Members of the wedding, guests, family poured in from across the country, arriving in flurries of excited greetings, warm embraces, laughter. Late on Thursday evening we’d gone in search of food and drink. Parents and stepparents, grandmothers and minor rock stars, English peerage and Montana railroaders, we eventually landed at the Timber Bar, in Big Timber, about 40 miles east of Livingston. It was a pretty quiet night at the Timber, a Montana workingman’s bar, linoleum floors and schoolhouse lights. When the front door opened, we looked up to see who it was, and to our surprise ten more wedding guests walked in.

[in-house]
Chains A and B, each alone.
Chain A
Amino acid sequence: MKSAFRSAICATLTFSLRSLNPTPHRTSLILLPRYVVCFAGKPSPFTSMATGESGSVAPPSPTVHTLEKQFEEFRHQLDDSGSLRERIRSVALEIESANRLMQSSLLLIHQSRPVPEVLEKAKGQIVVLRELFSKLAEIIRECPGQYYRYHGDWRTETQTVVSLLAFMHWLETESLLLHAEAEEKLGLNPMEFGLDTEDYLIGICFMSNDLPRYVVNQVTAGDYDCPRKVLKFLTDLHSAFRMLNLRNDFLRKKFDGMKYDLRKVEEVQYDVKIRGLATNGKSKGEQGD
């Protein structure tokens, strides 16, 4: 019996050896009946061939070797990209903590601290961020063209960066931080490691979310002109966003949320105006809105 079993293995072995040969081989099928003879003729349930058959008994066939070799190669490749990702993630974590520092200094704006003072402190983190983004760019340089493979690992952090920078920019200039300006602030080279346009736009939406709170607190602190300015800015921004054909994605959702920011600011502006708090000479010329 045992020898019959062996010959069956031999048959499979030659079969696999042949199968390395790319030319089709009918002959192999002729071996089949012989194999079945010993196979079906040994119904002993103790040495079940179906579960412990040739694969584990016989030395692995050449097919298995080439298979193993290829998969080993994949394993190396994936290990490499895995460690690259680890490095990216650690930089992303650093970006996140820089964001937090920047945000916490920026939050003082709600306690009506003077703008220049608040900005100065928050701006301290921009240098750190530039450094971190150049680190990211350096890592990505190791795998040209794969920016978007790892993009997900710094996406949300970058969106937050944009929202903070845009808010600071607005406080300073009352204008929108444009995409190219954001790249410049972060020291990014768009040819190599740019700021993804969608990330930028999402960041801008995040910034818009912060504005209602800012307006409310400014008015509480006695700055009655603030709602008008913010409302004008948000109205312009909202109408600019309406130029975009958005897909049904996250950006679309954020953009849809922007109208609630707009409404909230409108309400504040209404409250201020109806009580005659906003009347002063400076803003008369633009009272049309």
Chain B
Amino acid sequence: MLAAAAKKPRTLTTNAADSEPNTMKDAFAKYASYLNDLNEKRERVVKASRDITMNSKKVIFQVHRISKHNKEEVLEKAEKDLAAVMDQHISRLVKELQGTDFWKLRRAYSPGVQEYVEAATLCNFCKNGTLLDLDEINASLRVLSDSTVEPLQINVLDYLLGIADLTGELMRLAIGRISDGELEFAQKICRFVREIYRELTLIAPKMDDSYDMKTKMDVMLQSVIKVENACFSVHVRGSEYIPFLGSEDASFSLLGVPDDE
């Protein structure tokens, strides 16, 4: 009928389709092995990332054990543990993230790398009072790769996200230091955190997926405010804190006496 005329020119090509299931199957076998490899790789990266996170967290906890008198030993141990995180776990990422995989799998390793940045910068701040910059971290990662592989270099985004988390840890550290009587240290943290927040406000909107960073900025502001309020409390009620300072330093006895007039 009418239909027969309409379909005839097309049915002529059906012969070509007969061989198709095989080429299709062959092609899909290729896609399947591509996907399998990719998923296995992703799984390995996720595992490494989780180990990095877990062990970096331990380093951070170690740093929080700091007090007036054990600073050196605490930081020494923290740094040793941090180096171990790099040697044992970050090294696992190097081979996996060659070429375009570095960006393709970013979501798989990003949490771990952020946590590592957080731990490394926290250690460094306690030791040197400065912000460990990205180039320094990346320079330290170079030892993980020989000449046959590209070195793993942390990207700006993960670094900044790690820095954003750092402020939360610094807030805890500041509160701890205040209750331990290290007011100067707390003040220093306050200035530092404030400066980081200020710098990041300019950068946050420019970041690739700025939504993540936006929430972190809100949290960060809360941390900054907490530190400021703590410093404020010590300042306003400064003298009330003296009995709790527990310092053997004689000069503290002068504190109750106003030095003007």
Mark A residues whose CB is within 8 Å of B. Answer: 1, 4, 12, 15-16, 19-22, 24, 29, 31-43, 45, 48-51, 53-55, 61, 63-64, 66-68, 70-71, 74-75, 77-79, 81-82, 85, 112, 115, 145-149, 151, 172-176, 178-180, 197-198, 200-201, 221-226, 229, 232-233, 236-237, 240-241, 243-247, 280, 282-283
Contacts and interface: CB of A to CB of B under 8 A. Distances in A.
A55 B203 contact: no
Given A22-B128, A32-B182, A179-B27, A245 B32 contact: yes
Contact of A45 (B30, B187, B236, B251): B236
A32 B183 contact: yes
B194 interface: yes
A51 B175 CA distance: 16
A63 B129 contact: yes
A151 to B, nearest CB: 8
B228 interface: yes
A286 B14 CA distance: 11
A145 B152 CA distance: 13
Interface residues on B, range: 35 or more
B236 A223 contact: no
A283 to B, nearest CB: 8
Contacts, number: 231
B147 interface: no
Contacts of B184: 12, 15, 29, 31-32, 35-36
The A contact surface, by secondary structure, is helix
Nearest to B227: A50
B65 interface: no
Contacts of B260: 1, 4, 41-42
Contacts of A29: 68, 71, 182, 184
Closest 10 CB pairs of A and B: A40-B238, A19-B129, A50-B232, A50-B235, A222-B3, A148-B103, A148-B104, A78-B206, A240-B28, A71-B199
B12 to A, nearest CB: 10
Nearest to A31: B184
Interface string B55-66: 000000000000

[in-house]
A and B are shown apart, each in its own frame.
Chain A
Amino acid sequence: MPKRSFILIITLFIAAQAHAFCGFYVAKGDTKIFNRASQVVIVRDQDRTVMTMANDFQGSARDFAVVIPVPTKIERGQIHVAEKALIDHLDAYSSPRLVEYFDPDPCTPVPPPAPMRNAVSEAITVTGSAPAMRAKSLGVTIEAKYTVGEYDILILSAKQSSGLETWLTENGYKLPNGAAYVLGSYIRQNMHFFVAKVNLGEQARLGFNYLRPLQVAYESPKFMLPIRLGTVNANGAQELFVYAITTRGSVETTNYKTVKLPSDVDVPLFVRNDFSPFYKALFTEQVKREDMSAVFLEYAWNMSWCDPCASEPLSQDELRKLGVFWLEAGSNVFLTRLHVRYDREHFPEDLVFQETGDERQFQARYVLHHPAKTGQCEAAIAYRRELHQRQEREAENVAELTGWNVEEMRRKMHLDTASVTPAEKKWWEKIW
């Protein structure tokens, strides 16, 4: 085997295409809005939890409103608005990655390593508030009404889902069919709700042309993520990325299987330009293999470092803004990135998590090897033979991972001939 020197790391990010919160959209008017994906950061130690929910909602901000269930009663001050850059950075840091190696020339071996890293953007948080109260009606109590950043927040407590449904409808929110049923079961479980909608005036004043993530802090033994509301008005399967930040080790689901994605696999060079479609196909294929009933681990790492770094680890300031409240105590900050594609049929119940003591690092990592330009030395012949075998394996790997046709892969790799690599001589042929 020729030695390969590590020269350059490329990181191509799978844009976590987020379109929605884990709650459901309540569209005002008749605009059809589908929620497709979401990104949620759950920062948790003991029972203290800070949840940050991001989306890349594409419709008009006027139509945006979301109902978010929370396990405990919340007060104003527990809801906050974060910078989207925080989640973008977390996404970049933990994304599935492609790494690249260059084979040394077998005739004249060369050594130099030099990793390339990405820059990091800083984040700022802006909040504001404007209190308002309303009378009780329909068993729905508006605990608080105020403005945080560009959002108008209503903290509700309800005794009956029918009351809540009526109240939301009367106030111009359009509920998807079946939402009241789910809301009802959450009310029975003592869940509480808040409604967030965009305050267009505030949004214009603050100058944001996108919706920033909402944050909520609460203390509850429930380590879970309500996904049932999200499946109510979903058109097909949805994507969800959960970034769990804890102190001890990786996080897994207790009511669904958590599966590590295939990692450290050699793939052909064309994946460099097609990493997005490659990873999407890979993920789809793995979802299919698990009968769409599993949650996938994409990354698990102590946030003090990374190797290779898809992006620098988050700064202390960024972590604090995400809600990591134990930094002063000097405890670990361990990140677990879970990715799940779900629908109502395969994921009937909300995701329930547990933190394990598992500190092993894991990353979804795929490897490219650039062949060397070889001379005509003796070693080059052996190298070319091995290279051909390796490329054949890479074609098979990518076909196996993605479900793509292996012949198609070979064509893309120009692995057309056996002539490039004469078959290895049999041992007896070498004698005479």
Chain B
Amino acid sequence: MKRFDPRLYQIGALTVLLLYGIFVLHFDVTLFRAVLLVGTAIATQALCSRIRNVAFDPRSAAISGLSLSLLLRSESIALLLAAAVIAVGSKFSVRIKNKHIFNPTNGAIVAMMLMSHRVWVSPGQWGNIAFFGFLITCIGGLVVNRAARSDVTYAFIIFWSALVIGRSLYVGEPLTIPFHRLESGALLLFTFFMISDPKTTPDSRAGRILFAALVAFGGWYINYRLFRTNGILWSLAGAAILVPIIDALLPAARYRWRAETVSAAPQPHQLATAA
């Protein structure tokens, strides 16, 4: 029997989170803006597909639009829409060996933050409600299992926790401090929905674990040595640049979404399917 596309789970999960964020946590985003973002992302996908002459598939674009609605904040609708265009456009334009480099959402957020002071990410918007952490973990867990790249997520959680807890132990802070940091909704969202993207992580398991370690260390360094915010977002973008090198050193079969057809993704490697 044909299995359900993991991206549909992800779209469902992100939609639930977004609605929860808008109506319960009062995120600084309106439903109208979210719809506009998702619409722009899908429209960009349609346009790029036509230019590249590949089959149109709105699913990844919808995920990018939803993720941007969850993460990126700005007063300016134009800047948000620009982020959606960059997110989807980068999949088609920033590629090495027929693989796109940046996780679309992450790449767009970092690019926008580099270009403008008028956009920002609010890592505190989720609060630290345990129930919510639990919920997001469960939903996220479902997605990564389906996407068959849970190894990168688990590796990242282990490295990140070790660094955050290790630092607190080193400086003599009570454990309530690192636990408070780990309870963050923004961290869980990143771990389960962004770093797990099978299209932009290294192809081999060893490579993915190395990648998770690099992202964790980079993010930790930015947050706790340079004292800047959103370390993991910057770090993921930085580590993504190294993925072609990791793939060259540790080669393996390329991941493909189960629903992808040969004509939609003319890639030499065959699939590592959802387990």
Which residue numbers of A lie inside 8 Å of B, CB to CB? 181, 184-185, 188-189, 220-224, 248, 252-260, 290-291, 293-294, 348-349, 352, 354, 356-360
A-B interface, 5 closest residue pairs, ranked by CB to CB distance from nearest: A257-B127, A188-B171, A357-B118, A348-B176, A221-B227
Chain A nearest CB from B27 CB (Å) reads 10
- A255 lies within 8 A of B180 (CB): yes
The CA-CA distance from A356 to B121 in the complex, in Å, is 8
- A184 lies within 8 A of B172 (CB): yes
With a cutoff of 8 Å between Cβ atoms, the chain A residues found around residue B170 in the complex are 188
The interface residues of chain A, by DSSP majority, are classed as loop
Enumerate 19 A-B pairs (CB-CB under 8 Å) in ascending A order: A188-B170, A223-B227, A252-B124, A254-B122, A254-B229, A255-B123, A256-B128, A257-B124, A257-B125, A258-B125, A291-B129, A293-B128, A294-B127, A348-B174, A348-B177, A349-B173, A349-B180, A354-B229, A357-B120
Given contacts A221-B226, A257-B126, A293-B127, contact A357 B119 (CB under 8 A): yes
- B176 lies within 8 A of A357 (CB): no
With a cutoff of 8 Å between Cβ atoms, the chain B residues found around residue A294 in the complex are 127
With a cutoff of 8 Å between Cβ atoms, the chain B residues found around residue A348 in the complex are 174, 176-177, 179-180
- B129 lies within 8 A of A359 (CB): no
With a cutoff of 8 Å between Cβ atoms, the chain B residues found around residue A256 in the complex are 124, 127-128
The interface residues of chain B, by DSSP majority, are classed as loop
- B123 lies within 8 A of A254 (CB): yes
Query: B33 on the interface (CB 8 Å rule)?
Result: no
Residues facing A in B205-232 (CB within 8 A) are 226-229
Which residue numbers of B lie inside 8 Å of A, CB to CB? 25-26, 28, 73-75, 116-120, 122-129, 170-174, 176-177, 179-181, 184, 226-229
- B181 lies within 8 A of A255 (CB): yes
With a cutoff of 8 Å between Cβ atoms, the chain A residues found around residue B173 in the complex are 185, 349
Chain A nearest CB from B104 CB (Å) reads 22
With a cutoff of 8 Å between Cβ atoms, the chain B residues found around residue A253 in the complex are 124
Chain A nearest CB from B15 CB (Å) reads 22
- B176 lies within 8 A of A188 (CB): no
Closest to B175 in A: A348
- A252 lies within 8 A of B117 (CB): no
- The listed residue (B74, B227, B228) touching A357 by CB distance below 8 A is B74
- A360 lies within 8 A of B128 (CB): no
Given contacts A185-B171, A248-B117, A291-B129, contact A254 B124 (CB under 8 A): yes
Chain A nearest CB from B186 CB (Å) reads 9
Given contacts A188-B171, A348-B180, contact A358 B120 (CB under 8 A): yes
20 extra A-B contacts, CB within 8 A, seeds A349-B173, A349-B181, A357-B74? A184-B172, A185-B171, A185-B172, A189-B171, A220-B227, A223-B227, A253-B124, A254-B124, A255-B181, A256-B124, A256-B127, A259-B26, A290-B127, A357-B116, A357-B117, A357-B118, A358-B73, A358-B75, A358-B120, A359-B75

Rehearsal dinner had been in Sam Peckinpah’s old apartment in the Murray Hotel, not just for members of the wedding, but for all of the out of town guests and some of the in town ones too. As we left the hotel, mist was swirling in the streets.
It was a four o’clock wedding, which leaves too little time to do much and too much time to do nothing. There were flowers to be fetched, a sweet pea bouquet like that my Grannie carried 57 years before. Last minute hair issues and a missing bridesmais. (She turned up.) My mother and my Nana and my groom sat at the kitchen table assembling the last of the programs, each decorated with a Chinese paper cut, each bound with a sewn binding of gold thread. I tried to eat breakfast, French toast, my favorite, but I swear it tasted like cardboard with maple syrup on it. Joan Hartwig, an expert in Shakespeare and a friend of my parents since graduate school, buttoned up all 35 buttons on the back of my velvet dress.